Runners of all skill levels usually experience some kind of injury, ache or pain. Most of the time, running injuries happen when you overexert, or when you’re not paying attention to proper body mechanics, or sometimes just dumb luck.
Here’s a quick list of the top five of the most common injuries (WebMD, et al) and some ideas about how to treat them.
1. Runner’s knee. Basically, this is when your form, running shoes, or terrain causes your kneecap to misalign. You’ll especially feel this when sitting for a long time, squatting, or climbing a hill or stairs. Over time, the cartilage around your kneecap can wear down causing bone-to-bone friction which results in pain, especially around the edges of your kneecap.
Continue reading “Top 5 Running Injuries”
You get out of bed and take your first steps and OUCH! You have a sharp pain in your heel. Same thing happens after longer periods of sitting. You “walk it off” and the pain subsides. Welcome to plantar fasciitis (aka “jogger’s heel”).
What is plantar fasciitis?
Plantar fasciitis the most common cause of heel pain. One in ten of us have plantar fasciitis some time in our lifetimes. The plantar fascia is a thick fibrous band of connective tissue that originates from the medial tubercle and anterior aspect of the heel bone. From there, the fascia extends along the sole of the foot before inserting at the base of the toes, and supports the arch of the foot.
Continue reading “Oh No, Plantar Fascitis!”
Some people believe listening to music while they run pushes them harder. Others believe it’s a distraction. Who’s right? Does music aid running?
In 2014, 15 well-trained male long-distance runners with an average age of 24 participated in a study to investigate the effects of music on performance during a 5km run. They gave each runner a mobile music device and tested five different types of songs:
- PM: Motivational songs, applied before 5 km of running;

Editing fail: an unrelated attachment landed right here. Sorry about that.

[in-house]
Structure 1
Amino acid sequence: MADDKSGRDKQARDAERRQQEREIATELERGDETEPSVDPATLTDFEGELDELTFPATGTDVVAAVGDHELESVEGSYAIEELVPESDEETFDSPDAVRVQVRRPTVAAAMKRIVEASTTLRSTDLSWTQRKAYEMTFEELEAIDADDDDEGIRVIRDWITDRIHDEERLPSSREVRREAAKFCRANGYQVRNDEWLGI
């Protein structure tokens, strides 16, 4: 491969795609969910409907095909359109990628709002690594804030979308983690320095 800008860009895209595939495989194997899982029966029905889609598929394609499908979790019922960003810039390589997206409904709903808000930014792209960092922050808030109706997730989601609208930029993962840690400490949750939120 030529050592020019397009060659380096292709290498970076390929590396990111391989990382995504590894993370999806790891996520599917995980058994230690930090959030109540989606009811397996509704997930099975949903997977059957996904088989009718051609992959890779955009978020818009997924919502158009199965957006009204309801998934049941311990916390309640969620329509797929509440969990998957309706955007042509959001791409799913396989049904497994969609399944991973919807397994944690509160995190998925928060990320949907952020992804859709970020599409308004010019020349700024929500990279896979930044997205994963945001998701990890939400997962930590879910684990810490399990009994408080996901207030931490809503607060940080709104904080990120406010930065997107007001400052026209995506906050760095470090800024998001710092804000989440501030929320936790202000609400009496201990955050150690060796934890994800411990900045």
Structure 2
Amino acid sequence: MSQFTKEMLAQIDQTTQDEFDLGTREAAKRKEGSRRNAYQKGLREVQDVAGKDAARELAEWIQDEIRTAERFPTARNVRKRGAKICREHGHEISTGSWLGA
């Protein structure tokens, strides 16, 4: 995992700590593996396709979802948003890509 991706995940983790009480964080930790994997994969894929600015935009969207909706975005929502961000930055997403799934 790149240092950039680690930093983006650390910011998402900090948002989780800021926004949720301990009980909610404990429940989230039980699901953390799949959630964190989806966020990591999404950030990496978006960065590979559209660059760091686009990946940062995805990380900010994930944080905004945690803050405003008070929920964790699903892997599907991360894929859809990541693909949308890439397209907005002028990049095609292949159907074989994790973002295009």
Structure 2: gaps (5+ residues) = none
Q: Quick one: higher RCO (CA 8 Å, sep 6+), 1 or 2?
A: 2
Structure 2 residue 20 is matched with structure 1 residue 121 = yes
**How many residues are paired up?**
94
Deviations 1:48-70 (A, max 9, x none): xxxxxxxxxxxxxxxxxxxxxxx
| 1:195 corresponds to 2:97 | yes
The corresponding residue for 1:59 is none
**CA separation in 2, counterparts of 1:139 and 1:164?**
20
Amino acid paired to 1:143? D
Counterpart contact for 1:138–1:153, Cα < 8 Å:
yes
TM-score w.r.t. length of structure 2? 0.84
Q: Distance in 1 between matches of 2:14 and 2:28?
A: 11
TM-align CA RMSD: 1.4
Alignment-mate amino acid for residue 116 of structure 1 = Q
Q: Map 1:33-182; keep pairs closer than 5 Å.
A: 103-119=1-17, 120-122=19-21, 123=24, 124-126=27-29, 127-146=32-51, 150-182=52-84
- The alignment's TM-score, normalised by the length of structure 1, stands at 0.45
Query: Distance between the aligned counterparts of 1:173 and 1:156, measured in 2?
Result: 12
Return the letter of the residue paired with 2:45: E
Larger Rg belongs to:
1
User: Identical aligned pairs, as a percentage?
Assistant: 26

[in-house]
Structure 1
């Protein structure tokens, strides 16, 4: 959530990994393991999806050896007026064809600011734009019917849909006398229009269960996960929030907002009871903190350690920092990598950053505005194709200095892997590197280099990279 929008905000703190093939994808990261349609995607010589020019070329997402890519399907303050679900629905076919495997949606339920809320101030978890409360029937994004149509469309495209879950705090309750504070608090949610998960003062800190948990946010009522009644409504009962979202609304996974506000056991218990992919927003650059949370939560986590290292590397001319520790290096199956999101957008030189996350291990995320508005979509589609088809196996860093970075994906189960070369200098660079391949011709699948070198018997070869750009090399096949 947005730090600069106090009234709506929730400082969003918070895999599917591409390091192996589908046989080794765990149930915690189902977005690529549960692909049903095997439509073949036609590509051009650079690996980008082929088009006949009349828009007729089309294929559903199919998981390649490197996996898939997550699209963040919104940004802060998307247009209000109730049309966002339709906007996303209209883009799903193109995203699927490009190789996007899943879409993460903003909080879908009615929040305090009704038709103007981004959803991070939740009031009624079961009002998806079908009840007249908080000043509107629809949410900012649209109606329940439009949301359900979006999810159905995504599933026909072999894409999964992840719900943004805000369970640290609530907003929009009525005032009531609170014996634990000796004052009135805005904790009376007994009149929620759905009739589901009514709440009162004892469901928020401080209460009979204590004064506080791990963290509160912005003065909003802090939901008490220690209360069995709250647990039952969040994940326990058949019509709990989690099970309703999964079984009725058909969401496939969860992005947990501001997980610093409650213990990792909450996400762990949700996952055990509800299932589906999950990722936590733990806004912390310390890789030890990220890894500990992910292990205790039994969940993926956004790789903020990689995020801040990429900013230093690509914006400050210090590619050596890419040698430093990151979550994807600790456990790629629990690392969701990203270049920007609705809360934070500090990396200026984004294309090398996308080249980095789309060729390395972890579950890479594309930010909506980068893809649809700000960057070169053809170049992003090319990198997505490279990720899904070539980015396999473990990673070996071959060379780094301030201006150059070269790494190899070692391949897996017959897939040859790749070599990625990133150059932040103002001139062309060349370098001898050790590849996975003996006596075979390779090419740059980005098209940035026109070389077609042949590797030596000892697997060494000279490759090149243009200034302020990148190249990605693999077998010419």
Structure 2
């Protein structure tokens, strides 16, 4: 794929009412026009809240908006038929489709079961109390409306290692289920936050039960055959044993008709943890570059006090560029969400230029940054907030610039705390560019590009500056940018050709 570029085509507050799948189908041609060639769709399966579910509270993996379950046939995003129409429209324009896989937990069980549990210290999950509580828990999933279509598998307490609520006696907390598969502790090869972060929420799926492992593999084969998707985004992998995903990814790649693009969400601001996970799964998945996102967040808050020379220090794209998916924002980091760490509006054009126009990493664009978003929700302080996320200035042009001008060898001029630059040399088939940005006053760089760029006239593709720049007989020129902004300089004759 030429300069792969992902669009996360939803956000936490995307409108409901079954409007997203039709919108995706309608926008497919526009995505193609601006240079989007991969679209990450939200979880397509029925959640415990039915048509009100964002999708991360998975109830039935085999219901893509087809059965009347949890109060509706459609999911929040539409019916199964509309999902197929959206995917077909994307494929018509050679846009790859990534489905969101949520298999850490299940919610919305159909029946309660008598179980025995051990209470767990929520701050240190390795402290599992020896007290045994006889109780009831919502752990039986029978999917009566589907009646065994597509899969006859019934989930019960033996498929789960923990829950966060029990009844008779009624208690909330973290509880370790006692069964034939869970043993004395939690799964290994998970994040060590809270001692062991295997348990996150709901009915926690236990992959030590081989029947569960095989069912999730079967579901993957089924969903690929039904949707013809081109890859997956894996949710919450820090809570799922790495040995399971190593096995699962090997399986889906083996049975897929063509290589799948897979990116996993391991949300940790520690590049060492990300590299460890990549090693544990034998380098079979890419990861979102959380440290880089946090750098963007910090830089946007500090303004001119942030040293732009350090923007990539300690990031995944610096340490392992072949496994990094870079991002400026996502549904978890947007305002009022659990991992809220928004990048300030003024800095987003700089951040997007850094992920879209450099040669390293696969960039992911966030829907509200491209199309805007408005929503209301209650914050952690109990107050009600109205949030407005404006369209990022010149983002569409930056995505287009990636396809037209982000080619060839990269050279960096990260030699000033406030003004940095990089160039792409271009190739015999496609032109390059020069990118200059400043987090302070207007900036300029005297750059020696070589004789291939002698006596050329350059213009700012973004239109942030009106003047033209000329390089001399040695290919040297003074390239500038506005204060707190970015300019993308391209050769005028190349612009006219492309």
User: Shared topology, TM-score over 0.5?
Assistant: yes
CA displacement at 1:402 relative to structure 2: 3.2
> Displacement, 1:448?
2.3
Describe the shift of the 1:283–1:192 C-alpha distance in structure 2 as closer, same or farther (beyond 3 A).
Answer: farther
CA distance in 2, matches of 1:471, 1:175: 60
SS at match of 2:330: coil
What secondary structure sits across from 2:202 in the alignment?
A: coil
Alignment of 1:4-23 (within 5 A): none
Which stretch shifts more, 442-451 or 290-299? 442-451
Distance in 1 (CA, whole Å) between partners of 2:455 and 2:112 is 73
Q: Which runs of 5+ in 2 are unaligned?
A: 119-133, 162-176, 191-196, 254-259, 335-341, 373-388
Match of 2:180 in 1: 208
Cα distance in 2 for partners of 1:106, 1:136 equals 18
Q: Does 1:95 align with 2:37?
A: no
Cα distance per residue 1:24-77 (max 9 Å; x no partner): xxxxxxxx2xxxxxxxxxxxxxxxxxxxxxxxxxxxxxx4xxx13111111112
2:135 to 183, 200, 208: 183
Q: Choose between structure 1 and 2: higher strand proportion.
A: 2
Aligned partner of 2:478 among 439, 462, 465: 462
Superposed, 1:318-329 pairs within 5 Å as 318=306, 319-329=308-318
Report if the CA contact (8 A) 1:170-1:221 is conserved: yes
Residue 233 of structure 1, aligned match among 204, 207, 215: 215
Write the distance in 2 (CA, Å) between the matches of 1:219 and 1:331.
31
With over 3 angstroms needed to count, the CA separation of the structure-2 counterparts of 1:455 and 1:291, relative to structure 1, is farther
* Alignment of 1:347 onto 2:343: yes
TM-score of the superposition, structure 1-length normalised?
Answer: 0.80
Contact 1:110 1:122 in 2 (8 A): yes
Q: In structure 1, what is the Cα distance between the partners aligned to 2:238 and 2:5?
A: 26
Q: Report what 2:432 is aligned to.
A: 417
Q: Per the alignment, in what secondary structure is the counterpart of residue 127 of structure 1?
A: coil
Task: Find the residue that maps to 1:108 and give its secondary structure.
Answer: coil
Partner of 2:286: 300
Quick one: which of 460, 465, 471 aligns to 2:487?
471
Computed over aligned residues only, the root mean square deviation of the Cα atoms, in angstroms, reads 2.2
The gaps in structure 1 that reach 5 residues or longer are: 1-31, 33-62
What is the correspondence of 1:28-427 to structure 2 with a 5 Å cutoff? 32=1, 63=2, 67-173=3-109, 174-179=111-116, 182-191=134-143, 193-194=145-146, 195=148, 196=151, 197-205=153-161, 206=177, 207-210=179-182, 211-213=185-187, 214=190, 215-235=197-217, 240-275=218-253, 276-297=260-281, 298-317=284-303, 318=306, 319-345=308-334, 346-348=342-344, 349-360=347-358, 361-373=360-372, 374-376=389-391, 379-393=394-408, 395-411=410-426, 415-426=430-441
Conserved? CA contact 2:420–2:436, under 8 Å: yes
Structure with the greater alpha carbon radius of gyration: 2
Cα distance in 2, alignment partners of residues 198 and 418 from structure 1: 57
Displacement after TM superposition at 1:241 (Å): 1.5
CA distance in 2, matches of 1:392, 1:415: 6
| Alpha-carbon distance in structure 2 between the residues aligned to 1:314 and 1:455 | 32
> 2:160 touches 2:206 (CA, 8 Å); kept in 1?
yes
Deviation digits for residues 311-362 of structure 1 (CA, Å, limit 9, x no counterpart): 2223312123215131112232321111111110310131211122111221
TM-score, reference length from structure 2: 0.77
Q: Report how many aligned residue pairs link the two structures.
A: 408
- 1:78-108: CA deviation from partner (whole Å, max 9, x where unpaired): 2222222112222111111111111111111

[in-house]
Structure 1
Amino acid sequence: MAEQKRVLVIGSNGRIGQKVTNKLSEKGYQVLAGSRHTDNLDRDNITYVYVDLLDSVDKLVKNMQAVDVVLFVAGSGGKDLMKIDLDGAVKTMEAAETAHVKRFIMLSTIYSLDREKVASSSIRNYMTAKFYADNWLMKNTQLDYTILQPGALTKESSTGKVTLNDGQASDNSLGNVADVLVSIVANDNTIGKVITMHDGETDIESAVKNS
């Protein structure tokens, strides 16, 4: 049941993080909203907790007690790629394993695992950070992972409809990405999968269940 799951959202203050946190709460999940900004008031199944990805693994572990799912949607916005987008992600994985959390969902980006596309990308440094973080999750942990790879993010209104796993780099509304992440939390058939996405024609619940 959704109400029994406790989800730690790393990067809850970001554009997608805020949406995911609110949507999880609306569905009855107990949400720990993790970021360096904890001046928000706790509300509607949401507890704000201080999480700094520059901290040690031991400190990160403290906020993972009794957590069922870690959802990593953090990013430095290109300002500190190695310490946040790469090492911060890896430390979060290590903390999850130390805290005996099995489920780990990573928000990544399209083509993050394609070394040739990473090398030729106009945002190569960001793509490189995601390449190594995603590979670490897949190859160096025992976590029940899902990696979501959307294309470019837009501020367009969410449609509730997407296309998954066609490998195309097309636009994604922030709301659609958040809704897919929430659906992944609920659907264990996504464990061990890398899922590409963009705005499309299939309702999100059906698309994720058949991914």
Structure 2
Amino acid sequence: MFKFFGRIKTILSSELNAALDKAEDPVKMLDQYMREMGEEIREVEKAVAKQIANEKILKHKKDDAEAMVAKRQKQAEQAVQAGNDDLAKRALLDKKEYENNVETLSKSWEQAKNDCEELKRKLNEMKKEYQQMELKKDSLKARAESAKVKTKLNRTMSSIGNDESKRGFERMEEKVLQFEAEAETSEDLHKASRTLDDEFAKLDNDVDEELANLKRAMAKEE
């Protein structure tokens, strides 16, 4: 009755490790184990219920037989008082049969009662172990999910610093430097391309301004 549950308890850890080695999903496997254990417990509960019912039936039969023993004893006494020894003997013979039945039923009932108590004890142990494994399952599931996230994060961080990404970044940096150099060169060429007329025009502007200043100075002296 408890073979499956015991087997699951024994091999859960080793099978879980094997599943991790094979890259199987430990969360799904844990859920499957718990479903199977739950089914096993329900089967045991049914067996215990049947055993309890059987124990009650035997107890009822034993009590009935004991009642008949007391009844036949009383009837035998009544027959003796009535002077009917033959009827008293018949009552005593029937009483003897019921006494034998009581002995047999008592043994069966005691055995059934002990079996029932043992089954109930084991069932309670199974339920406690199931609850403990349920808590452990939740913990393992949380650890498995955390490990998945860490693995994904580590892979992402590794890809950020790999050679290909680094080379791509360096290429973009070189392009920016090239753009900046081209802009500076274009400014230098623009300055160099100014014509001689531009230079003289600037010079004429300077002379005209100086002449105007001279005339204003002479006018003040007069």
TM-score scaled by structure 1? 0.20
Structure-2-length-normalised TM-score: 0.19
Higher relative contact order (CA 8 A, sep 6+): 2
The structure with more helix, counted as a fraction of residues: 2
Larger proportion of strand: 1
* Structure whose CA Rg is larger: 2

- SM: Slow motivational songs, applied during 5 km;
- FM: Fast and motivational songs, applied during 5 km;
- CS: Calm songs, applied after 5 km;
- CO: Control.
Continue reading “Does Music Aid Running?”
Your running shoes provide cushioning, shock absorption and stability and over time, like any other often used item, they wear out.
As a general rule, running shoes last about 300-400 miles, while walking shoes last around 500.
You can also examine the shoes for wear patterns. It turns out that you don’t use the treads on the bottom of the shoes to determine whether to replace them, nor does the fact that they’re dirty mean you need to replace them. Instead, examine the midsole area.
Continue reading “Replace Your Running Shoes!”
If you listen to research, the answer is simple: get a massage. A 2013 study reported in the International Journal of Therapeutic Massage and Bodywork (ISSN1915-257X) polled athletes about their beliefs about and experiences with massage after running a race.
The study included 745 individuals who had completed a 10K running race in under an hour, and tested perceptions about post-race massage. The study showed that 91% of participants who had experienced massage before agreed that massage would benefit muscle recovery following the running race and more than 80% of those who had never had a massage believed it would be beneficial.
Continue reading “You Just Ran a 10K, Now What?”
Know this. Whether you are a casual runner or a full-on triathlete, you need to stretch. Even though the research seems confusing, the results don’t lie.
Running makes your legs strong, toned, and, often, tight. Every step you take forces your quads, hamstrings, calves, and hips to flex and extend over and over to propel you down the road. As they tire, the muscles and tendons can develop imbalances, scar tissue, and tension, slowing you down and increasing the likelihood for common overuse injuries like IT Band syndrome, and Achilles tendonitis. You’ve probably read many difference opinions about stretching before and after your run. There are two things that are pretty plain:
1. Ask a runner who stretches and they’ll tell you it helps them be more flexible, have more endurance, and feel better after the run.
Continue reading “Five Springtime Stretches for Runners”
Massage therapy is one of the best investments you can make for your personal well-being. All kinds of people seek massage therapy for all kinds of different reasons. The end result is almost always pain relief and relaxation.
Here’s a snapshot of some of the client types who already benefit from regular massage.
- Betty Back Pain. Back pain comes from joints, muscles, joints in the spine, bones, and nerves around the back. The pain could be in one area or could have a wider spread effect on an individual. A massage helps Betty feel and function better compared to her friends who don’t receive any massage treatment. Studies show it improves her range of motion and decreases discomfort, too. Continue reading “Five Massage Therapy Snapshots: Is This You?”